The chapter aims to show how digital games can be used to persuade an audience of a particular political cause. Our argument is embedded in theories on civic engagement and recent empirical research, including our own.

Van den Heede, P, C.R. Ribbens, & J. Jansz (2017). Replaying Today’s Wars? A Study of the Conceptualization of Post-1989 Conflict in Digital “War” Games. International Journal of Politics, Culture and Society, 30, 1-22, DOI: 10.1007/s10767-017-9267-5

This is the result of the collaboration between historians Van den Heede and Ribbens and me. War games attract a large audience; in this paper we analyze how conflict is presented in the playful environment.

Jacobs, R.S., Jansz, J. & De La Hera, T. (2017). The Key Features of Persuasive Games: A Model and Case Analysis. In: Kowert, R. & Quandt, T. (Eds.), New Perspectives on the Social Aspects of Digital Gaming: Multiplayer 2. London: Routledge.

If we aim to persuade players, we need to know what game-properties are required. Our case based analysis of existing games highlights the importance of narrative persuasion and procedural persuasion.

Vosmeer, M., Jansz, J. & Van Zoonen, L. (2015). I’d like to have a house like that. Female players of The Sims. Academic Quarter. Journal for Humanistic Research, 11, 129-141.

A qualitative study showing how adult female players use the game to create ‘off time’ for themselves.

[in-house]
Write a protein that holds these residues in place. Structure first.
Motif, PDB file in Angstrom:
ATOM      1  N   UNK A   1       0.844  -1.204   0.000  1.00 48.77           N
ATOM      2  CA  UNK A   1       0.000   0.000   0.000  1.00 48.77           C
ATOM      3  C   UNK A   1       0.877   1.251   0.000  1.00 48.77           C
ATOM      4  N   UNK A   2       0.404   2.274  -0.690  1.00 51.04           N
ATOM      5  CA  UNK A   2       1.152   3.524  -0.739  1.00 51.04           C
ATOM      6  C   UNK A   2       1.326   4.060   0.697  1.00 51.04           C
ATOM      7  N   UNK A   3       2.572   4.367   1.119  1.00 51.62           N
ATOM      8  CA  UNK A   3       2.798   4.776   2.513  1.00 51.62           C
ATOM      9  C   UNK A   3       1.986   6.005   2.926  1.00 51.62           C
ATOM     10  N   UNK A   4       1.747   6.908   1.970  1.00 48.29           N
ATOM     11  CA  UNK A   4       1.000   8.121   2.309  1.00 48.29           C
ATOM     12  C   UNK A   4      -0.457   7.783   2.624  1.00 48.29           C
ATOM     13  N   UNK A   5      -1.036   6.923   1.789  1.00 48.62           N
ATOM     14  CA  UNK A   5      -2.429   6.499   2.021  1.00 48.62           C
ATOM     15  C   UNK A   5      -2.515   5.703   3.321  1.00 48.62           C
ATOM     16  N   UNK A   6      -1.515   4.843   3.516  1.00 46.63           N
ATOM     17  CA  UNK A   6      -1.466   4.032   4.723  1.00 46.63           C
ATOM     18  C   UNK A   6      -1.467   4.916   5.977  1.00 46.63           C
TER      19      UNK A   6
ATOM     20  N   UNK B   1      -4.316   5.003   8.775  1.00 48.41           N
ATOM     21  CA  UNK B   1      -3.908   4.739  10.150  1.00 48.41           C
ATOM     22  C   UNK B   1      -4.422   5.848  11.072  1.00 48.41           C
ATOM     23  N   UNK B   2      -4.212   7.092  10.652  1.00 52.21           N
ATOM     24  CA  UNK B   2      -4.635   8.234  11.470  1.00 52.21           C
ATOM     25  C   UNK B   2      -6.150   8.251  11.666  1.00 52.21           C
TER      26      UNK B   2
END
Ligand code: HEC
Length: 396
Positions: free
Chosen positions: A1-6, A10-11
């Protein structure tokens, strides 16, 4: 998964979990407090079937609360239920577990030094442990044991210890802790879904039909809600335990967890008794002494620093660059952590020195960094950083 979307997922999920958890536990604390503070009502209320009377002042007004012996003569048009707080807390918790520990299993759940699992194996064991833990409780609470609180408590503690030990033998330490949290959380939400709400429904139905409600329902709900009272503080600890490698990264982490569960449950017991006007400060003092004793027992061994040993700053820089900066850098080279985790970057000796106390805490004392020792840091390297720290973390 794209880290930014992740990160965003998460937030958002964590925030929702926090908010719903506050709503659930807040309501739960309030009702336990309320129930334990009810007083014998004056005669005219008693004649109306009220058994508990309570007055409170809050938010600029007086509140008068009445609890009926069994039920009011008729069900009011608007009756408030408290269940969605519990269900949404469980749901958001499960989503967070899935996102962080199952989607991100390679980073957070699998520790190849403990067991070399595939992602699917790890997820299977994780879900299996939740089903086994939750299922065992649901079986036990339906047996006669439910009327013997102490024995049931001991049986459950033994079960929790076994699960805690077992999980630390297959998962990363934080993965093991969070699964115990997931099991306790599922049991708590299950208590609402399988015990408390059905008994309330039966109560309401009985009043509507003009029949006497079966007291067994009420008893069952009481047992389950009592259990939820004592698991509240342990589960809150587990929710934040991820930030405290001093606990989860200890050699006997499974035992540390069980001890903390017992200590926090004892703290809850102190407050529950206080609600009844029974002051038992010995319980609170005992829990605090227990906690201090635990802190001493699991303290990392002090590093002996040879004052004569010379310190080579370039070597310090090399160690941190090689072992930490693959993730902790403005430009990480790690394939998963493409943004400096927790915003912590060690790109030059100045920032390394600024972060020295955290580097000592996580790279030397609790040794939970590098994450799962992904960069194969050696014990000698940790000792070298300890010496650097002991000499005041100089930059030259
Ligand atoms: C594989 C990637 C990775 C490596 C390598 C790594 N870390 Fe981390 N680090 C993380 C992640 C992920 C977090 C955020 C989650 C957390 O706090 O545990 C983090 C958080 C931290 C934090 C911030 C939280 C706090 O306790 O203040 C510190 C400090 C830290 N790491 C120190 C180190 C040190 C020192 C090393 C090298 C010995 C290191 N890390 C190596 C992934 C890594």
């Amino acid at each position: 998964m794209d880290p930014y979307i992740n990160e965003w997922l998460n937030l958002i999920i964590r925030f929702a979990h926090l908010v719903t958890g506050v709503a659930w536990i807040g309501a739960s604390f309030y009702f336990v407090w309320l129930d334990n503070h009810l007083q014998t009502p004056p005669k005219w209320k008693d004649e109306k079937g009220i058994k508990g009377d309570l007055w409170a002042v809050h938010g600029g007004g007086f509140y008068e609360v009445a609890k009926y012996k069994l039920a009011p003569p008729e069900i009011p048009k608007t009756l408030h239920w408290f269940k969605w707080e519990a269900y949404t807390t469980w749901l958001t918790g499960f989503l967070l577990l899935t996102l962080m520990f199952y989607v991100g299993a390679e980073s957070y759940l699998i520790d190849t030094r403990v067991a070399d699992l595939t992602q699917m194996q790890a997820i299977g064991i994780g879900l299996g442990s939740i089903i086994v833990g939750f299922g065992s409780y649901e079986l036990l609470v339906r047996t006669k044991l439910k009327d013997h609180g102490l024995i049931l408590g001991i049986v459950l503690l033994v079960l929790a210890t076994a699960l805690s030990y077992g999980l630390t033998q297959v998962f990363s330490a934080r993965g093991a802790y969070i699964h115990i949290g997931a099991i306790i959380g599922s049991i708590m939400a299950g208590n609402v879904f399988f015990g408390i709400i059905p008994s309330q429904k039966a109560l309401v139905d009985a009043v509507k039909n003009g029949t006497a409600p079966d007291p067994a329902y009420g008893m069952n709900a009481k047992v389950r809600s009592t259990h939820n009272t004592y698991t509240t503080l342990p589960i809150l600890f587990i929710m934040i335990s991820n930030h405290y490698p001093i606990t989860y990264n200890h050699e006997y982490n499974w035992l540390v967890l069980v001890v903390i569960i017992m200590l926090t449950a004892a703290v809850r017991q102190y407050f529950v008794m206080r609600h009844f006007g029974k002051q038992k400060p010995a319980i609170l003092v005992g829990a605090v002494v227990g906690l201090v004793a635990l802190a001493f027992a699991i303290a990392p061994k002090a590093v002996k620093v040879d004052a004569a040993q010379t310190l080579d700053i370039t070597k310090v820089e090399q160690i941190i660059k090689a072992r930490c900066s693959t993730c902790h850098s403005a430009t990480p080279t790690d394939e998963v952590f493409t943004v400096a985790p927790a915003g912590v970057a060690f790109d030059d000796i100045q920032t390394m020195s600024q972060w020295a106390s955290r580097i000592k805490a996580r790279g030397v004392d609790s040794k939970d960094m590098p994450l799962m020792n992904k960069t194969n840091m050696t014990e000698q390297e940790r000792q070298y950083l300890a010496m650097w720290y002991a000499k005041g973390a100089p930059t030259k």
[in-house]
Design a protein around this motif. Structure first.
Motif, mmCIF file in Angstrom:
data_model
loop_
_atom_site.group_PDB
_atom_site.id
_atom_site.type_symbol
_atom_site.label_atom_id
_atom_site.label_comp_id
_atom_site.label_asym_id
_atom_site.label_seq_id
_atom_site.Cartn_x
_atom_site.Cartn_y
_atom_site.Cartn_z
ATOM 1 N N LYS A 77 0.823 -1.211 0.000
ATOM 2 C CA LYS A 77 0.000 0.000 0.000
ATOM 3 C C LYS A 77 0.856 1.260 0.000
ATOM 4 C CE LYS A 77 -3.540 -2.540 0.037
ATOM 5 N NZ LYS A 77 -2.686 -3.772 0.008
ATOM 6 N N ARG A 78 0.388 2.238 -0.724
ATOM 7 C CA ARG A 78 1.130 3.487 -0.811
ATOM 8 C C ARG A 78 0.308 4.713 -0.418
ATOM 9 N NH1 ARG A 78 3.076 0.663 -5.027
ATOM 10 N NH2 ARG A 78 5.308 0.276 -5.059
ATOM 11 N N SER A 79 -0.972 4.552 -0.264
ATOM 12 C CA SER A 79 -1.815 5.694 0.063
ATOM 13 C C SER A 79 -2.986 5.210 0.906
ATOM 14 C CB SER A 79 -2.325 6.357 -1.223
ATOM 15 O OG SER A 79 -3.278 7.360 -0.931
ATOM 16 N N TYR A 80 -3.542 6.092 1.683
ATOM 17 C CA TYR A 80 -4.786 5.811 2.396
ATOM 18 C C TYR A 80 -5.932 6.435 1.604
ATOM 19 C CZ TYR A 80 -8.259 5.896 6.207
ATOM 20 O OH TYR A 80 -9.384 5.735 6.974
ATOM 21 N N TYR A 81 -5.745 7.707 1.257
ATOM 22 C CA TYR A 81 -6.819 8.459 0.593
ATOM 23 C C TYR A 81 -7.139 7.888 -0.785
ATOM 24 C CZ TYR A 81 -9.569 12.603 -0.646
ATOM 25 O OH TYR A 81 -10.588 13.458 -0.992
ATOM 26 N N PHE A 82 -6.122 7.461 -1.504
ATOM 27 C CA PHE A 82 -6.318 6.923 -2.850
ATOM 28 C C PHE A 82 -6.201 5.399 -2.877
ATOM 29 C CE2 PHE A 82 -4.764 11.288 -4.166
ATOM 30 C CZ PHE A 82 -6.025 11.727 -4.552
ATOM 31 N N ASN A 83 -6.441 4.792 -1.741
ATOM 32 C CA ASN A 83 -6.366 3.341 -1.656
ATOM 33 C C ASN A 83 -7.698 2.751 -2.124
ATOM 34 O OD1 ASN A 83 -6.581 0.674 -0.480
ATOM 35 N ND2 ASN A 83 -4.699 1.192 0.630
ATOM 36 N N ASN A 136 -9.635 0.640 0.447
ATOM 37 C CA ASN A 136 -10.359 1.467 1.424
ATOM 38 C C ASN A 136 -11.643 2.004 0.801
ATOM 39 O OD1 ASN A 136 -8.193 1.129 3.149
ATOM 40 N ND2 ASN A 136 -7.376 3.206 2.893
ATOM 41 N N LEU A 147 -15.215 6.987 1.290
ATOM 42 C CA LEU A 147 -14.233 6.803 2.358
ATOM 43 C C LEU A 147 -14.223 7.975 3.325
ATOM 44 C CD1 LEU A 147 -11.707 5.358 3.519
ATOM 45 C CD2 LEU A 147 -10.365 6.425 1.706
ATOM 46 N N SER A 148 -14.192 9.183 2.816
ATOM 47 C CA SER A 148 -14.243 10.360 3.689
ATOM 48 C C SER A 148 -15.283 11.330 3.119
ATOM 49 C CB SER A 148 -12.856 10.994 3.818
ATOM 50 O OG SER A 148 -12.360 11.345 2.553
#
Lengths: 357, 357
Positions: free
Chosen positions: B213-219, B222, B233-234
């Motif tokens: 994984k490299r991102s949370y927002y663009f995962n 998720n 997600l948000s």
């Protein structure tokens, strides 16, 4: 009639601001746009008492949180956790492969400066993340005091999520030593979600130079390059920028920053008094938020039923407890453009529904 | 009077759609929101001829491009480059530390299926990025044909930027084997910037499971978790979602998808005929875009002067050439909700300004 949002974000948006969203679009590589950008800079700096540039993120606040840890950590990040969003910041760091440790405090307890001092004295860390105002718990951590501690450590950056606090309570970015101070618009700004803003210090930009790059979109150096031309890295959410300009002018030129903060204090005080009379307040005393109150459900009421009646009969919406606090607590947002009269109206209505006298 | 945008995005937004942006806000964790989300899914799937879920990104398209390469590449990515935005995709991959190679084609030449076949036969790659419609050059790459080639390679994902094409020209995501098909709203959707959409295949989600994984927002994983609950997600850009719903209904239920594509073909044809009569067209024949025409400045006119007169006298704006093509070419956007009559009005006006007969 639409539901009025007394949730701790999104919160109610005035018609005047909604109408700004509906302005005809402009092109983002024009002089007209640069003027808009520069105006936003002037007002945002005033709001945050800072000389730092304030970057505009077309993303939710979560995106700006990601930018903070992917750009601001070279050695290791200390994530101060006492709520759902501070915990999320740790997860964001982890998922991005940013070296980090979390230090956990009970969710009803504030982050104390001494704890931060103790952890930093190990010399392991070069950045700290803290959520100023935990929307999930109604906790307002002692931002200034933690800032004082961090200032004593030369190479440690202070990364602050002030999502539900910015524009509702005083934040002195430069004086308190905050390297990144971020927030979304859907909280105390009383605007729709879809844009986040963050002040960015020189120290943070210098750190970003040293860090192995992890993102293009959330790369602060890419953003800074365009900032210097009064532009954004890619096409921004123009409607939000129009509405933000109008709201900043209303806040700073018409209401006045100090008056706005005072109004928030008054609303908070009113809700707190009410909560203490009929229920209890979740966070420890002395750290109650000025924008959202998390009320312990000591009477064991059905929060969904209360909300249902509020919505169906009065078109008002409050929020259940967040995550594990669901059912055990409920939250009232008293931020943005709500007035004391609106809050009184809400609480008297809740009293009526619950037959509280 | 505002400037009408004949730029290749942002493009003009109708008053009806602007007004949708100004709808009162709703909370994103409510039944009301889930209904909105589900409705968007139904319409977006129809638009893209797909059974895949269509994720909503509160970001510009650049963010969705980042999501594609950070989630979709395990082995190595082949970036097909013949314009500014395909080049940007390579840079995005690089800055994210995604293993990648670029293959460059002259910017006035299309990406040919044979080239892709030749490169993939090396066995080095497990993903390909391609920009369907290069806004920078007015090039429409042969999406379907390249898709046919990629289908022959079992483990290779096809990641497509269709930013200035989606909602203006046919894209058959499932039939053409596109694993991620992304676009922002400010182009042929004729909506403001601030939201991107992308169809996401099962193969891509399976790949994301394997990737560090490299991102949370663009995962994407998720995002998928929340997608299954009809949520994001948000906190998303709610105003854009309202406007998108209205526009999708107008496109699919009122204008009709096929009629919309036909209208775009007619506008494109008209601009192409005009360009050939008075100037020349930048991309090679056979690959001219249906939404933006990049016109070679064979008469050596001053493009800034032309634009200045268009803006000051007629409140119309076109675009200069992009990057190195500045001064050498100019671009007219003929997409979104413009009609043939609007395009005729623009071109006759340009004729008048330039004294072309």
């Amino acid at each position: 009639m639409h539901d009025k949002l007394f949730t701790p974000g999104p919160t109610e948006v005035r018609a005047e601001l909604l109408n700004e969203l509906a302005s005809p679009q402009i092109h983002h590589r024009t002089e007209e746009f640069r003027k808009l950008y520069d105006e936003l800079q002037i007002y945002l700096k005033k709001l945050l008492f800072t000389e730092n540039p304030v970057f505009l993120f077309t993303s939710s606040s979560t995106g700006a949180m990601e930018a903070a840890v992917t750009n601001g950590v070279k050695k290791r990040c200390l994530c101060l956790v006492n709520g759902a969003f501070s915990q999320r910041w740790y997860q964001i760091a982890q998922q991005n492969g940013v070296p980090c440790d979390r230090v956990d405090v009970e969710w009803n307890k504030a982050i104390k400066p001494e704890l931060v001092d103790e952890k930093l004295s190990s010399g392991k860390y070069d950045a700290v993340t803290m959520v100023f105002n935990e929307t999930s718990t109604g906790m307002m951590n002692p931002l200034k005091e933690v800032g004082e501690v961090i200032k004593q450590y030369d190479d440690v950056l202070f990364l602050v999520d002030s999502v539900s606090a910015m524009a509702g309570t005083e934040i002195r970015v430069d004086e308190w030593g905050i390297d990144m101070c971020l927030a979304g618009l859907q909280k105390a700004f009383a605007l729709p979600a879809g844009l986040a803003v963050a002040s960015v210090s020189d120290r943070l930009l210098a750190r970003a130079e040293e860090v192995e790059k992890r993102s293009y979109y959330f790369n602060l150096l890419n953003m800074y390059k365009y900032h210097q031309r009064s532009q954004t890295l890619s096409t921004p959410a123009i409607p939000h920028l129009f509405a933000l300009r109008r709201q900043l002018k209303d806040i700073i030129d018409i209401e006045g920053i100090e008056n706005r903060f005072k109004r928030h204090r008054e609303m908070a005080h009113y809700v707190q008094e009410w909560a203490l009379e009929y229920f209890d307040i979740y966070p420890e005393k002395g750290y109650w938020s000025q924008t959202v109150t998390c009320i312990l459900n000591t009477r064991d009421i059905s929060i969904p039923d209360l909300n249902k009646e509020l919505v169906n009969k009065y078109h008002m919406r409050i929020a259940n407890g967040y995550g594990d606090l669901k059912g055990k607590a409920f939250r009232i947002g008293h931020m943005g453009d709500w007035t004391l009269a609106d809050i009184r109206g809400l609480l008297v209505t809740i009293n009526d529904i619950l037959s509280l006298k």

Neys, J., Jansz, J., & Tan, E.S.H. (2014). Exploring Persistence in Gaming: The Role of Self-Determination and Social Identity. Computers in Human Behavior, 37, 196-209.

Self-determination theory is used to explain why many gamers continue to play in the face of insufficient reward and a lot of frustration. In addition to the motivations, their self-ascribed gamer identity turned out to be an important factor.

Neys, J. & Jansz, J. (2014). Games en Burgerschap [Games and Citizenship]. 4W: Weten Wat Werkt Waarom, 3(2), 22-29

The 4W online periodical by Dutch Kennisnet aims at a large audience of professionals in education. Our article briefly discusses the opportunities for using online games as tools for civic engagement. See also Neys & Jansz, 2010.

Reijmersdal, E.A. van, Jansz, J., G. van Noort & O. Peters (2013). Why girls go pink. Game character identification and game-players’ motivations. Computers in Human Behavior 29, 2640–2649.

Our second paper about GoSuperModel. The previous one (2010) investigated the successes of brand placement in the game. This one aims at understanding why the girls were attracted to the game and to what extent they identified with the avatars.


Jansz, J. (2015). Playing out Identities and Emotions. In: V. Frissen et al. (Eds.), Playful Identities. The Ludification of Digital Media Cultures (pp. 267-281). Amsterdam: AUP.

The focus of this chapter is on the opportunities offered by entertainment games to experiment with emotions and identity. Including the ones that are rare, or even abject in daily life.

Von Engelhardt, J. & Jansz, J (2015). Distant suffering: the mediation of humanitarian disaster. In: Anderson, R. (Ed.). World Suffering and Quality of Life (pp. 75-87). Springer Social Science Indicators Research Series. New York: Springer.

We present a conceptual model to analyze the responses of Western media audiences to images of distant suffering. We aim to challenge the ‘compassion fatigue’ thesis.